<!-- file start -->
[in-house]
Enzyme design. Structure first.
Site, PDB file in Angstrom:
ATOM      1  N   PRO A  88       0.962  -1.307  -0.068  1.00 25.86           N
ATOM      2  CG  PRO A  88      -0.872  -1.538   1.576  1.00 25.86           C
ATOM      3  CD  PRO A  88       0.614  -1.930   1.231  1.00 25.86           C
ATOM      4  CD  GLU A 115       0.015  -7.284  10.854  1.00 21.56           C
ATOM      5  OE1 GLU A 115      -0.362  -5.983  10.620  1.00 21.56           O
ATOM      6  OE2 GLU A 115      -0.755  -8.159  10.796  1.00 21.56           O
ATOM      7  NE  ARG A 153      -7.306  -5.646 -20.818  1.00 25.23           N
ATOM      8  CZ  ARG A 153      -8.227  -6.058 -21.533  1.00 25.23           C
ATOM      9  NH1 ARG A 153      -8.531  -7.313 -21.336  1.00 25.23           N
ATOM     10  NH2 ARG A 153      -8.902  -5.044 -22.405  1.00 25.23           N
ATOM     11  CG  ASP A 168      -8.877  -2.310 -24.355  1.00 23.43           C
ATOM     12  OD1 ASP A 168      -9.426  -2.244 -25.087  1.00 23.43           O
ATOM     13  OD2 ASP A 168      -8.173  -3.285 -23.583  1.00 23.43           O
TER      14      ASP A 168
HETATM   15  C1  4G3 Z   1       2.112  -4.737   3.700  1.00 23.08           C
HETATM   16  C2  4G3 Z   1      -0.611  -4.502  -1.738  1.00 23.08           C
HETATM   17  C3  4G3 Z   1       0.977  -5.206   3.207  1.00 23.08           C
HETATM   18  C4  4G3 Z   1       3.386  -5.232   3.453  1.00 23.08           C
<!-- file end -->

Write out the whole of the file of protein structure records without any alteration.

[in-house]
Enzyme design. Structure first.
Site, PDB file in Angstrom:
ATOM      1  N   PRO A  88       0.962  -1.307  -0.068  1.00 25.86           N
ATOM      2  CG  PRO A  88      -0.872  -1.538   1.576  1.00 25.86           C
ATOM      3  CD  PRO A  88       0.614  -1.930   1.231  1.00 25.86           C
ATOM      4  CD  GLU A 115       0.015  -7.284  10.854  1.00 21.56           C
ATOM      5  OE1 GLU A 115      -0.362  -5.983  10.620  1.00 21.56           O
ATOM      6  OE2 GLU A 115      -0.755  -8.159  10.796  1.00 21.56           O
ATOM      7  NE  ARG A 153      -7.306  -5.646 -20.818  1.00 25.23           N
ATOM      8  CZ  ARG A 153      -8.227  -6.058 -21.533  1.00 25.23           C
ATOM      9  NH1 ARG A 153      -8.531  -7.313 -21.336  1.00 25.23           N
ATOM     10  NH2 ARG A 153      -8.902  -5.044 -22.405  1.00 25.23           N
ATOM     11  CG  ASP A 168      -8.877  -2.310 -24.355  1.00 23.43           C
ATOM     12  OD1 ASP A 168      -9.426  -2.244 -25.087  1.00 23.43           O
ATOM     13  OD2 ASP A 168      -8.173  -3.285 -23.583  1.00 23.43           O
TER      14      ASP A 168
HETATM   15  C1  4G3 Z   1       2.112  -4.737   3.700  1.00 23.08           C
HETATM   16  C2  4G3 Z   1      -0.611  -4.502  -1.738  1.00 23.08           C
HETATM   17  C3  4G3 Z   1       0.977  -5.206   3.207  1.00 23.08           C
HETATM   18  C4  4G3 Z   1       3.386  -5.232   3.453  1.00 23.08           C